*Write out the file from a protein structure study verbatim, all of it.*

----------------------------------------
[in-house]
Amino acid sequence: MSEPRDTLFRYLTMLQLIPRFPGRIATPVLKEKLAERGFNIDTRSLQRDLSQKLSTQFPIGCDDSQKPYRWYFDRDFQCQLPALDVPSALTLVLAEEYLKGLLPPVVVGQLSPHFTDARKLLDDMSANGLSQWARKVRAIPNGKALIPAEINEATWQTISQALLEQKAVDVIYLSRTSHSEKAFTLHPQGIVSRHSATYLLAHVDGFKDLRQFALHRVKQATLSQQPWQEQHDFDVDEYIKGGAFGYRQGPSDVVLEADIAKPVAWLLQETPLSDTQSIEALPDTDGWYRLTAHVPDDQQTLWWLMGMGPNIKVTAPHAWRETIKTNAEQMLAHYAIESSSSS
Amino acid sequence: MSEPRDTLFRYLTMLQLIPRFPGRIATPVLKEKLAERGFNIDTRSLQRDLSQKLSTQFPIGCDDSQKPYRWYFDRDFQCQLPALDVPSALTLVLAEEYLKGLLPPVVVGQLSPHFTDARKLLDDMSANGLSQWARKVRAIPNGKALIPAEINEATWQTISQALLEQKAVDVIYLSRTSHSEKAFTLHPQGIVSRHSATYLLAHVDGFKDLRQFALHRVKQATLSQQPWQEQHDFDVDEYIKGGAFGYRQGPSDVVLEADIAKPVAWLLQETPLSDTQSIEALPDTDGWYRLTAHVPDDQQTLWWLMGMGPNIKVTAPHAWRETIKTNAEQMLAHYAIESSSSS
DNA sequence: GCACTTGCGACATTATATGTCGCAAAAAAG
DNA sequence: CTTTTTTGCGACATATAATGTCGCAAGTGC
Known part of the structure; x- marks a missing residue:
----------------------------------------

[in-house]
Amino acid sequence: MSEPRDTLFRYLTMLQLIPRFPGRIATPVLKEKLAERGFNIDTRSLQRDLSQKLSTQFPIGCDDSQKPYRWYFDRDFQCQLPALDVPSALTLVLAEEYLKGLLPPVVVGQLSPHFTDARKLLDDMSANGLSQWARKVRAIPNGKALIPAEINEATWQTISQALLEQKAVDVIYLSRTSHSEKAFTLHPQGIVSRHSATYLLAHVDGFKDLRQFALHRVKQATLSQQPWQEQHDFDVDEYIKGGAFGYRQGPSDVVLEADIAKPVAWLLQETPLSDTQSIEALPDTDGWYRLTAHVPDDQQTLWWLMGMGPNIKVTAPHAWRETIKTNAEQMLAHYAIESSSSS
Amino acid sequence: MSEPRDTLFRYLTMLQLIPRFPGRIATPVLKEKLAERGFNIDTRSLQRDLSQKLSTQFPIGCDDSQKPYRWYFDRDFQCQLPALDVPSALTLVLAEEYLKGLLPPVVVGQLSPHFTDARKLLDDMSANGLSQWARKVRAIPNGKALIPAEINEATWQTISQALLEQKAVDVIYLSRTSHSEKAFTLHPQGIVSRHSATYLLAHVDGFKDLRQFALHRVKQATLSQQPWQEQHDFDVDEYIKGGAFGYRQGPSDVVLEADIAKPVAWLLQETPLSDTQSIEALPDTDGWYRLTAHVPDDQQTLWWLMGMGPNIKVTAPHAWRETIKTNAEQMLAHYAIESSSSS
DNA sequence: GCACTTGCGACATTATATGTCGCAAAAAAG
DNA sequence: CTTTTTTGCGACATATAATGTCGCAAGTGC
Known part of the structure; x- marks a missing residue: